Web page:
- #1

- 62

- 0

## Homework Statement

Let [tex]X = C[0,1][/tex] under the metric [tex]d_{\infty}[/tex]. Let

[tex]

\begin{align*}

Y = \{ f \in C[0,1] : f(0) \ne 0 \}

\end{align*}

[/tex]

Prove that [tex]Y[/tex] is open in [tex](C[0,1], d_{\infty})[/tex].

## Homework Equations

The formulae for [tex]d_{\infty}[/tex] is

[tex]

\begin{align*}

d_{\infty}(f,g) = \max_{0 \leq t \leq 1} |f(t) - g(t)|

\end{align*}

[/tex]

## The Attempt at a Solution

For any [tex]f \in Y[/tex], which means [tex]f \in C[0,1] \wedge f(0) \ne 0[/tex], if

[tex]f[/tex] is an interior point of [tex]Y[/tex], then [tex]Y[/tex] is open in [tex](C[0,1],

d_{\infty})[/tex]. [tex]f[/tex] is an interior point if there is an [tex]\varepsilon

> 0[/tex] such that the neighborhood [tex]O_{\varepsilon}(f) \subseteq Y[/tex], meaning all [tex]g \in C[0,1][/tex] satisfying [tex]\displaystyle d_{\infty}(f,g)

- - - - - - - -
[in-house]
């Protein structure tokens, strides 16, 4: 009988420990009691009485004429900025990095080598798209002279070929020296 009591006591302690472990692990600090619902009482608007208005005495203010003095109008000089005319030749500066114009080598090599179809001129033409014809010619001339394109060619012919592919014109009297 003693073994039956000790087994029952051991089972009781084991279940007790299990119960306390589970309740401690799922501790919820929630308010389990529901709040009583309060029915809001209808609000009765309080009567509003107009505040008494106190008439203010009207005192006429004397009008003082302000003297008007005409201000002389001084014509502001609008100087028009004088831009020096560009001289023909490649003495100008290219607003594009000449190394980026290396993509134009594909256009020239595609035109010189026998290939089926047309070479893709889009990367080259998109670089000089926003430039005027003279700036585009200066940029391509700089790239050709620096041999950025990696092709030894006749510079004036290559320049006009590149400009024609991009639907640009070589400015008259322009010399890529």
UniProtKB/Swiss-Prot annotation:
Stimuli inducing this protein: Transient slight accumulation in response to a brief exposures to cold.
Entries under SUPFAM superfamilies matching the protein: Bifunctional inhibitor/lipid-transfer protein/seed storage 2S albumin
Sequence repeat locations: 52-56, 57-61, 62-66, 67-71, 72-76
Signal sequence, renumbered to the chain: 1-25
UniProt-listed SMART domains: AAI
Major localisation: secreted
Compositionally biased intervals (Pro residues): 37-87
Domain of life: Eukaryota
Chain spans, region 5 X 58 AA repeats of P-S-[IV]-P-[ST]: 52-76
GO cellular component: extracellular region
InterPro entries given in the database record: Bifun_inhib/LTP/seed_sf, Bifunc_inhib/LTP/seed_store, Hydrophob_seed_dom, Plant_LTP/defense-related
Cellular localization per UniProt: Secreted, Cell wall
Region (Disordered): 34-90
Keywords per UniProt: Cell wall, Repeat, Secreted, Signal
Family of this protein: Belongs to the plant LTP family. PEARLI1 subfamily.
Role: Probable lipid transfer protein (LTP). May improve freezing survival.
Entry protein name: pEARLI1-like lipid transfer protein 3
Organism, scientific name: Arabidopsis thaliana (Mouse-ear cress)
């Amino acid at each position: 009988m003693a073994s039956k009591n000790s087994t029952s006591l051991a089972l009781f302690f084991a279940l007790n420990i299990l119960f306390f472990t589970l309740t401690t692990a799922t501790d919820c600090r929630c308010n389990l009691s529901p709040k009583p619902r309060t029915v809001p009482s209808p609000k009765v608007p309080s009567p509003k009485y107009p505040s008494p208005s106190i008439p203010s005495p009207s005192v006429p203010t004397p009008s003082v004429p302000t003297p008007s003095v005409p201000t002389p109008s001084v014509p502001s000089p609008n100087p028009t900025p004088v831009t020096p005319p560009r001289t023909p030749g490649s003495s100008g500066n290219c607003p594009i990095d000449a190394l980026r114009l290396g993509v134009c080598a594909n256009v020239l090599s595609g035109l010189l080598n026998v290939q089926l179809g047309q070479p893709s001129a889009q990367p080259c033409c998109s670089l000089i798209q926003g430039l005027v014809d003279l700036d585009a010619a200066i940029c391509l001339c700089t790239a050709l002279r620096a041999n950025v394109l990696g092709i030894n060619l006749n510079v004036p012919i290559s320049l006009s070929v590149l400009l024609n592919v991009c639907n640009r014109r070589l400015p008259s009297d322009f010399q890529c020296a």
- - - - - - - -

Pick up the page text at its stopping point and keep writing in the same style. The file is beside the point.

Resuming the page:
= \max_{0 \leq t \leq 1} f(t) - g(t)| < \varepsilon[/tex] must

belong to [tex]Y[/tex], which says [tex]g(0) \ne 0[/tex]. Suppose to the contrary there

exists a [tex]g \in C[0,1][/tex] such that [tex]\displaystyle d_{\infty}(f,g) =

\max_{0 \leq t \leq 1} |f(t) - g(t)| < \varepsilon[/tex] and [tex]g(0) =

0[/tex]. Then [tex]|f(0) - g(0)| = |f(0)|

> 0[/tex] since [tex]f(0) \ne 0[/tex] and [tex]\displaystyle d_{\infty}(f,g) = \max_{0

\leq t \leq 1} f(t) - g(t)| \geq |f(0)|[/tex]. For [tex]\varepsilon

\leq |f(0)|[/tex] this results in a contradiction with the assumption

that [tex]d_{\infty}(f,g) < \varepsilon[/tex]. What about [tex]\varepsilon > |f(0)|[/tex]? Is this on the right track at all?